The Actual Bum of the Flightle Bee

View of a Bee Hind

View of a Bee Hind

When technology works, it can be really fun (also when it breaks down, that can be really fun too because you can take it apart). Three or so years ago, I bought a tablet computer on which to “do my writing”. The idea was simple (like me) – a nice portable device on which I could write using a stylus-type pen, a device I could train to ‘read’ my handwriting so that I could then convert my scribbling into digital form, ready for the creation of the next novel.

It didn’t work that way. The device I purchased, whilst being OK and having a detachable keyboard, didn’t have reliable handwriting recognition software for it (it had some, but no-one who used it thought it worth the money). So I used it, primarily, for games. Quite crummy games.

Last year, when I went back to Reading for a contract, I bought myself a new camera, a Ricoh WG30, which has wi-fi on it. Great I thought, I can transfer pictures easily to my laptop PC. Only that didn’t really work because Ricoh neglected to design the thing to be sensible (I’d put some technobabble in here to explain, but you’re probably already wondering what the hell this has to do with bees, so I won’t).

The other thing that the camera could do (allegedly) was be remotely controlled from your internet browser. Obviously, this didn’t mean the one actually already loaded on your tablet, but hey, that’s technology for you. I found a browser that DID work and now – well, now you see the point of this mini-rant.

She's got legs... and she knows how to use them

She’s got legs… and she knows how to use them

I have been able to set up the camera a centimetre (‘really close’ in proper distance units) from the flowering leek plants in the garden and then sit in the Limery with a cup of tea watching patiently. These pictures are my very first attempt (there are about a hundred others, all out of focus, with no bees or discernible image).

It's soooo furry!

It’s soooo furry!

The detail produced from such a small camera is astonishing. I was really surprised when I enlarged these pictures and could see the pollen and the hairs on the bees’ legs, and their ‘fur’ in general.

I also set it up to monitor the back of the garden bench as the birds like sitting there as they wait their turn at the feeders. Clearly this sparrow thought it would be funny to moon the camera. It was right.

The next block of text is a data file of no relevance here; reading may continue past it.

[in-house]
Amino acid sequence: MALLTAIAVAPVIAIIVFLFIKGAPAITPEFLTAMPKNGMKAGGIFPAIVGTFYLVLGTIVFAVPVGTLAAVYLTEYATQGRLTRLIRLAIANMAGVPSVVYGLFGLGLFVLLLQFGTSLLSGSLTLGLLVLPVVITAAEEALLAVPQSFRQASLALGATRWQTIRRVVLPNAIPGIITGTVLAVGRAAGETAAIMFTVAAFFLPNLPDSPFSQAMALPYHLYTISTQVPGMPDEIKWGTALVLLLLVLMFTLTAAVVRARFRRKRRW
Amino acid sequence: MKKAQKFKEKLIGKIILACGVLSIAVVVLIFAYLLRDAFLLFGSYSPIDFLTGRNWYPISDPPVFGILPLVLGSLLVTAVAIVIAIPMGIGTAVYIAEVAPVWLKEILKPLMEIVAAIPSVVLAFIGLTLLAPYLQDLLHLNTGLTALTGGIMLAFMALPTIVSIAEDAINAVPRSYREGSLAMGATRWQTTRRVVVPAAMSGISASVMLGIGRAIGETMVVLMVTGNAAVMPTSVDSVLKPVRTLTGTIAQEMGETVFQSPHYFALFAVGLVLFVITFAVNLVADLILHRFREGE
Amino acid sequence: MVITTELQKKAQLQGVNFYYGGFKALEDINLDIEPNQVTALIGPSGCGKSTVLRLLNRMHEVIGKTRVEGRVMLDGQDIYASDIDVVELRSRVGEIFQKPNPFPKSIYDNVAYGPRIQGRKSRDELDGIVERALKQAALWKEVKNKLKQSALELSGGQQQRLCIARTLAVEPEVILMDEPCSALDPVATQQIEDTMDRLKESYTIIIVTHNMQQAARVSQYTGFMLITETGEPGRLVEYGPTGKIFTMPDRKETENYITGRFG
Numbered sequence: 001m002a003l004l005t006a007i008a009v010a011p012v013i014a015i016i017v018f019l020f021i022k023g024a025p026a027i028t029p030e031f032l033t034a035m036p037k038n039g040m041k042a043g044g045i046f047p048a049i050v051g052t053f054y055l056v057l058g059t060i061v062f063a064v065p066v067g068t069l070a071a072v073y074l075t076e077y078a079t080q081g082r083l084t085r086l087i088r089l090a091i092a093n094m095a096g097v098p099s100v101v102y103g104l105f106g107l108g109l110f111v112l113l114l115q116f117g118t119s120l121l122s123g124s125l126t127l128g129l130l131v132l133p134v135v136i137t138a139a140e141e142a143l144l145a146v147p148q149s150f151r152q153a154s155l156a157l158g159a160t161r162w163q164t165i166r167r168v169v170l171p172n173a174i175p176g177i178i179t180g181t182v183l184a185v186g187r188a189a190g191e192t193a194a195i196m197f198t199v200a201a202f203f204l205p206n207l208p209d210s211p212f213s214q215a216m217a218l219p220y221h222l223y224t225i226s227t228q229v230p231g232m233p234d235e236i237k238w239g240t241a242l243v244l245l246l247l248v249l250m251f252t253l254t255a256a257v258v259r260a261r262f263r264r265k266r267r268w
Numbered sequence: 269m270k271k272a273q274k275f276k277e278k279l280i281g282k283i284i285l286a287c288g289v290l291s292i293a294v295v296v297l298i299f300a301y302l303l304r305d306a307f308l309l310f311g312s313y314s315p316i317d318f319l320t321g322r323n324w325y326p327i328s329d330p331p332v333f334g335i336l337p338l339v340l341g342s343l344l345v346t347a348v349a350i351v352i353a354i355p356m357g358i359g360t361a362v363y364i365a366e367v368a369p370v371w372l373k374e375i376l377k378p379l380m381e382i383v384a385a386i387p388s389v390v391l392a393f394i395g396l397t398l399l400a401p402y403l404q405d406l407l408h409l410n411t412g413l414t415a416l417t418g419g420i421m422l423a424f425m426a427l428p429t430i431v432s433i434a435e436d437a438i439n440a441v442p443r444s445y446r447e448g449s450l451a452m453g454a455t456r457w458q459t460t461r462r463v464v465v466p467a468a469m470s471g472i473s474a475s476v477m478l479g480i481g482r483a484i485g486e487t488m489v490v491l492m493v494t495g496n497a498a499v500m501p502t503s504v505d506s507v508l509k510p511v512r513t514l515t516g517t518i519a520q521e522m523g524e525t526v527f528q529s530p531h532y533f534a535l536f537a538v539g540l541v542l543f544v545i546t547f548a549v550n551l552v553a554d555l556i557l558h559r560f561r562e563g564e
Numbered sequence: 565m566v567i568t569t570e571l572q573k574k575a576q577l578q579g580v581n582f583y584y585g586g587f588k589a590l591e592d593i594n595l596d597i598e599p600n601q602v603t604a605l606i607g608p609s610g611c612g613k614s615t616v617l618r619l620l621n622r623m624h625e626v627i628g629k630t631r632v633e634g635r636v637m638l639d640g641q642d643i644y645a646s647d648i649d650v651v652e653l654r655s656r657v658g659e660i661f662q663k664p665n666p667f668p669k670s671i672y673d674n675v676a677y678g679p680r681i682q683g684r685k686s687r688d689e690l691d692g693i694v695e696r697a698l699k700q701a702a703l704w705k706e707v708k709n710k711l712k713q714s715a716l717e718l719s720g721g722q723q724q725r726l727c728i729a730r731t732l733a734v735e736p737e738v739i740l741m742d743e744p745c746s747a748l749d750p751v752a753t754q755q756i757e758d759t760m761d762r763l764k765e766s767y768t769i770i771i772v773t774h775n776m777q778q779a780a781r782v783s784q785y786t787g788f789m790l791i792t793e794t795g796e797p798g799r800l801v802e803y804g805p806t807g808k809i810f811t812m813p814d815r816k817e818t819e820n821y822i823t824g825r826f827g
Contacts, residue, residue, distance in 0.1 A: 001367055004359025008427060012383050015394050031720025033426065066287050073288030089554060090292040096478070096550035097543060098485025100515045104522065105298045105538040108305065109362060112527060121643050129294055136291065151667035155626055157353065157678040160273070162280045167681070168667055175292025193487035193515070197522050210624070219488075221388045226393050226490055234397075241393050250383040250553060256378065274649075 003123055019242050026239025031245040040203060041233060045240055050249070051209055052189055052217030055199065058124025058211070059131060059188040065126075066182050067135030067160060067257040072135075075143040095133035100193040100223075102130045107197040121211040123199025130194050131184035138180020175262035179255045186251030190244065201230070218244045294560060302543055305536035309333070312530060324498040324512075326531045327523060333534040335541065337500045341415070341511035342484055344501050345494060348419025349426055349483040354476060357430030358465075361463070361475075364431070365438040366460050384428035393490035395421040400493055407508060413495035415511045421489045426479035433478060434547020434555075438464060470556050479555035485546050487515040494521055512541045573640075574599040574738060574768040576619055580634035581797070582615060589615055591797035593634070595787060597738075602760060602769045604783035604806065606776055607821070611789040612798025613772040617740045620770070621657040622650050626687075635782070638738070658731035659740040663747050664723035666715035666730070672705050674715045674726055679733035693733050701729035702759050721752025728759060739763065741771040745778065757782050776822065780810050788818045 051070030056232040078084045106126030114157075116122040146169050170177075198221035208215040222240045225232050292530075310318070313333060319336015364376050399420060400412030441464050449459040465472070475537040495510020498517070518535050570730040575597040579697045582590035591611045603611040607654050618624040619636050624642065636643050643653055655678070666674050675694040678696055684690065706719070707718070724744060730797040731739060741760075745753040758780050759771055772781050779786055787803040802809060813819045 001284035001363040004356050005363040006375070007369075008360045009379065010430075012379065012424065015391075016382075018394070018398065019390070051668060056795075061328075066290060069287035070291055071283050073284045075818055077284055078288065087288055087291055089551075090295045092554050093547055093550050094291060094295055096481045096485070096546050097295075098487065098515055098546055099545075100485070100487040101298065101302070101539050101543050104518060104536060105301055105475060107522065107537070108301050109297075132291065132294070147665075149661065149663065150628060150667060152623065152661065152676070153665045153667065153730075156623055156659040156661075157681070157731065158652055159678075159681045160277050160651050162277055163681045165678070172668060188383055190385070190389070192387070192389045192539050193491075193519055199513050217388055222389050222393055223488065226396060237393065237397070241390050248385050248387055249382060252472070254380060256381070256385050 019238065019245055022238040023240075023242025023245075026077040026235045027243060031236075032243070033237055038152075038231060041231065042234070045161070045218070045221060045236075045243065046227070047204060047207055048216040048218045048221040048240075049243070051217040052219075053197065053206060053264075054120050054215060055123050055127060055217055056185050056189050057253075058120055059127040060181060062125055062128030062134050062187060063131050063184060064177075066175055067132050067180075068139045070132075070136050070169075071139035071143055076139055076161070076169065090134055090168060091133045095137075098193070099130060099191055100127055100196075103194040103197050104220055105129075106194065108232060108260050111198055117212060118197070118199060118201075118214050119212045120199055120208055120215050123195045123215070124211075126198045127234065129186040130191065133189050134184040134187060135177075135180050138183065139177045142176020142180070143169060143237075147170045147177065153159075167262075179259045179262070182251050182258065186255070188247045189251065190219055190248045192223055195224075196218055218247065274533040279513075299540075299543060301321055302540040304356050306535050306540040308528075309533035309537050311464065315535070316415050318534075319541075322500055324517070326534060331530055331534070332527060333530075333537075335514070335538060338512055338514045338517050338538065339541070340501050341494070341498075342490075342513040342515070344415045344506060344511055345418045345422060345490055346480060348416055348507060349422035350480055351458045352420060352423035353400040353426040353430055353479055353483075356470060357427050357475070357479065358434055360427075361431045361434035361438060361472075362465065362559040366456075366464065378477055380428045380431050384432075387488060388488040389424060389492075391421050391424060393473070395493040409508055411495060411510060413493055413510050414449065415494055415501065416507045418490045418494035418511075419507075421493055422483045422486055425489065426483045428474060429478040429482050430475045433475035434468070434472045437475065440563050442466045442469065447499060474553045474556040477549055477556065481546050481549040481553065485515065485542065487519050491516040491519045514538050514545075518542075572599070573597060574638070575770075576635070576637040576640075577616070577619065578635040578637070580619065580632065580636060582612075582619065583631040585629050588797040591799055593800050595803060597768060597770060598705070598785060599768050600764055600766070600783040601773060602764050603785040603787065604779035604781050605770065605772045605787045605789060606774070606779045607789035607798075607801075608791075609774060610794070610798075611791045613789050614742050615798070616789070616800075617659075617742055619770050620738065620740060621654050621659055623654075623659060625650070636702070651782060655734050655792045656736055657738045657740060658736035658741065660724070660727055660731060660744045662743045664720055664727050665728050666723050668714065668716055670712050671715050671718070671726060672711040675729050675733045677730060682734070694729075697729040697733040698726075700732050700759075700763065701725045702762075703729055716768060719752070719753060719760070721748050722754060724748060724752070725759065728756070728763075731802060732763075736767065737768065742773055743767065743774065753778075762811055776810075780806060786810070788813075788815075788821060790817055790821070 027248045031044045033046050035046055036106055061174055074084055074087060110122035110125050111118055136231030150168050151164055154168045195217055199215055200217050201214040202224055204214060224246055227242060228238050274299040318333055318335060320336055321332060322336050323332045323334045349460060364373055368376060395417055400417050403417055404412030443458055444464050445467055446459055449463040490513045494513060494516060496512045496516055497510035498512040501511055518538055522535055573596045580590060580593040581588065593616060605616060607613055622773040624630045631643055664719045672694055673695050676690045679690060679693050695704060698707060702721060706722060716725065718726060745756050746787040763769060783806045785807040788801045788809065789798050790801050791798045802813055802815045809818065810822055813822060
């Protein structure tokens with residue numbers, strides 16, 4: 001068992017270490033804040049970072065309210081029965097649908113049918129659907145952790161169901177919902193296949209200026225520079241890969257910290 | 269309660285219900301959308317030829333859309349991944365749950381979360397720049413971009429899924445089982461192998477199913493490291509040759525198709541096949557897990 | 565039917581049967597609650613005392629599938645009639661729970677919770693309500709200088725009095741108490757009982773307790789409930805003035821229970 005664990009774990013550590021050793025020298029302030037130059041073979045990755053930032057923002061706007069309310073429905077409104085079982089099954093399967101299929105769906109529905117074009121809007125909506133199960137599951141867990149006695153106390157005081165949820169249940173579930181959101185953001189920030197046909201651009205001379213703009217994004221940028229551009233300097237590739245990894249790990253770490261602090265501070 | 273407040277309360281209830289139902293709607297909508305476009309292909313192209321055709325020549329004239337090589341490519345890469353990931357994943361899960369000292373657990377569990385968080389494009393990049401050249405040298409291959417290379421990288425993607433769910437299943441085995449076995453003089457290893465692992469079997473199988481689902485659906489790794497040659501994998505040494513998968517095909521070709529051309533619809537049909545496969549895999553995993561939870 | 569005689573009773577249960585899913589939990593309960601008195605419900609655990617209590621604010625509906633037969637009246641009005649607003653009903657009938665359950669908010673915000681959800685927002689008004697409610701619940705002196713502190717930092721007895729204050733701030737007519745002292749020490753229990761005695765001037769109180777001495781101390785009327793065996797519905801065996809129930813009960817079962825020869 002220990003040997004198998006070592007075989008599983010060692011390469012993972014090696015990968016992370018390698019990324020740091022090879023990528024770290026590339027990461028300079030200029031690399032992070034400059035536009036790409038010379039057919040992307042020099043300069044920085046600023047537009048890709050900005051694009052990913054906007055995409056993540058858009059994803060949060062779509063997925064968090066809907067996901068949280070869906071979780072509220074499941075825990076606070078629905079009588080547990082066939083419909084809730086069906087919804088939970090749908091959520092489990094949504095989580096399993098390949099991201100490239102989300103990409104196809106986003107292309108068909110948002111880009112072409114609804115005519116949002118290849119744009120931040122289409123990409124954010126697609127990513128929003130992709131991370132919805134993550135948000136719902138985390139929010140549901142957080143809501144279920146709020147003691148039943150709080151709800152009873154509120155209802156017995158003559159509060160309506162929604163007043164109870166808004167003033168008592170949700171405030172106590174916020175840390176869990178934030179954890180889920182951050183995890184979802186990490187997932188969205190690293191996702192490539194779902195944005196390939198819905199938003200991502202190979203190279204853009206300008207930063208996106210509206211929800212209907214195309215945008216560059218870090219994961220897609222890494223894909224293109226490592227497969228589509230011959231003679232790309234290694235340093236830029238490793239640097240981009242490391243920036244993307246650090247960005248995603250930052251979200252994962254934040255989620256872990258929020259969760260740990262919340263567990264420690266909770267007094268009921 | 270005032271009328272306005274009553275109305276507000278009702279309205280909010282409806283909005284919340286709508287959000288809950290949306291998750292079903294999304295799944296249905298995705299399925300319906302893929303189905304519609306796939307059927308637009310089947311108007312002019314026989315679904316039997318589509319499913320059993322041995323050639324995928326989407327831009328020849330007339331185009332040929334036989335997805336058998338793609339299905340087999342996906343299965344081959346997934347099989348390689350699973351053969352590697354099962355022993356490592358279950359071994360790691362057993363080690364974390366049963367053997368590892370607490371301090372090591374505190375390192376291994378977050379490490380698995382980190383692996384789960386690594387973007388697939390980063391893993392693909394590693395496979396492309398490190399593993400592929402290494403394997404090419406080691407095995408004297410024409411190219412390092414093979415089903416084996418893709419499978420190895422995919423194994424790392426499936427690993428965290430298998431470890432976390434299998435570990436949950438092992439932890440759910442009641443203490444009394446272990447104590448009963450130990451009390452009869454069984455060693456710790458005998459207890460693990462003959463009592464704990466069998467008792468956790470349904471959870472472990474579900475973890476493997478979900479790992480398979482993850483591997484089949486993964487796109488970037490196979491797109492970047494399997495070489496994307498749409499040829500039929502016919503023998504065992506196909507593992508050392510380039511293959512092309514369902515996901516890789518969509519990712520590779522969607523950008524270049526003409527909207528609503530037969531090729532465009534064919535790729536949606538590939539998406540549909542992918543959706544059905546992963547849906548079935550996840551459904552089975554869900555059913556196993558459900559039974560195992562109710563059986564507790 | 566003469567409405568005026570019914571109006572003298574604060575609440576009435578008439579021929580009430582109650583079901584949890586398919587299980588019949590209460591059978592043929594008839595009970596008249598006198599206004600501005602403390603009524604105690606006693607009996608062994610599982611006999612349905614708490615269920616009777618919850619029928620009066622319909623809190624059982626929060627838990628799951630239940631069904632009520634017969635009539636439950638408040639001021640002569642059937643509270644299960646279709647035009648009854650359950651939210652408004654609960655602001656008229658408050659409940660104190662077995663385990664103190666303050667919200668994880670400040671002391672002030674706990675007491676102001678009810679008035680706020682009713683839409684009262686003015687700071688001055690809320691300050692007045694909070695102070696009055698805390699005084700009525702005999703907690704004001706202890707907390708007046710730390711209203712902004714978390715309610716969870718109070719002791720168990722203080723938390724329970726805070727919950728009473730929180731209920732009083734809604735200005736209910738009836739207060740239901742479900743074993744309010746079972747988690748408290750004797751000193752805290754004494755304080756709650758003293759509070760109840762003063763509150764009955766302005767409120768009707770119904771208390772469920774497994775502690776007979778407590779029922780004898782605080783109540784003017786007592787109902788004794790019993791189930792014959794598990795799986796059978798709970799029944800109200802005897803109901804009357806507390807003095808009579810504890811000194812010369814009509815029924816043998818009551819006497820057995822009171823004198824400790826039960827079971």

A Sparrow gets in on the act

A Sparrow gets in on the act


Categories: bees, birds, camera, gardening | Tags: , , | 14 Comments

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14 thoughts on “The Actual Bum of the Flightle Bee

  1. I love these pictures, i often watch the bees frolicking in the heads of my poppies and get in really close, it is amazing. You can see quite a lot with the naked eye but every picture I have attempted just wasn’t in focus. I could never get close enough to get a good close inspection of a bird though! especially their bum!!!. Keep it up!

    Liked by 1 person

    • I am so pleased you like these pictures – more will follow, I am positive! Being able to retire to a distance and not disturb the wildlife is quite a boon. The other thing is to focus on one thing and hope that a bee (or whatever) will stay long enough in the “zone of focus” to snap it. Digital photography is great – you can take a million pictures for the perfect one, and you can see if it’s perfect immediately. It may have a serious impact on my novel writing though!


  2. Technology not working is a sore subject still. I’m glad yours does though Jon as the photographs are fantastic. To see each hair on the bees back is amazing.

    Liked by 1 person

  3. Worth all the fiddle-faddle [as my dear old aunt used to say] for these amazing pics of the bum-blebees! Really great!!

    Liked by 1 person

  4. Squeee for bumble bee and bird booties! 😀 Please tell me you’re on Instagram…Instagram neeeeeds you. 🙂

    Liked by 1 person

  5. Wonderful pictures, that brought back the memory of one summer – many, many moons ago now – when I had the nerve to actually stroke (with the tip of a finger) a bee that landed on me, absolutely laden down with pollen – and it didn’t sting me 🙂
    Bees are such wonderful creatures, and it doesn’t surprise me that one of my favourite characters, Granny Weatherwax, had a real love for them, too 🙂

    It’s going to be interesting to see what you come up with next!

    Liked by 1 person

    • So glad you liked the pictures! I stroked a bee once, they are so soft and unless they feel you are endangering them they won’t use their lethal (to them) weapon.
      I’m going to see if I can photograph the other monsters and angels in the garden!

      Liked by 1 person

  6. “BLUSH!” I see that the sedentary life has gotten to you now Mr Snail and you have taken up photographically stalking the natives. Nice images by the way. Seems technology does have it’s uses other than squashing the raping rooster with the monitor that refused to work and that you fortuitously hurled over the deck in a fit of pique…

    Liked by 1 person

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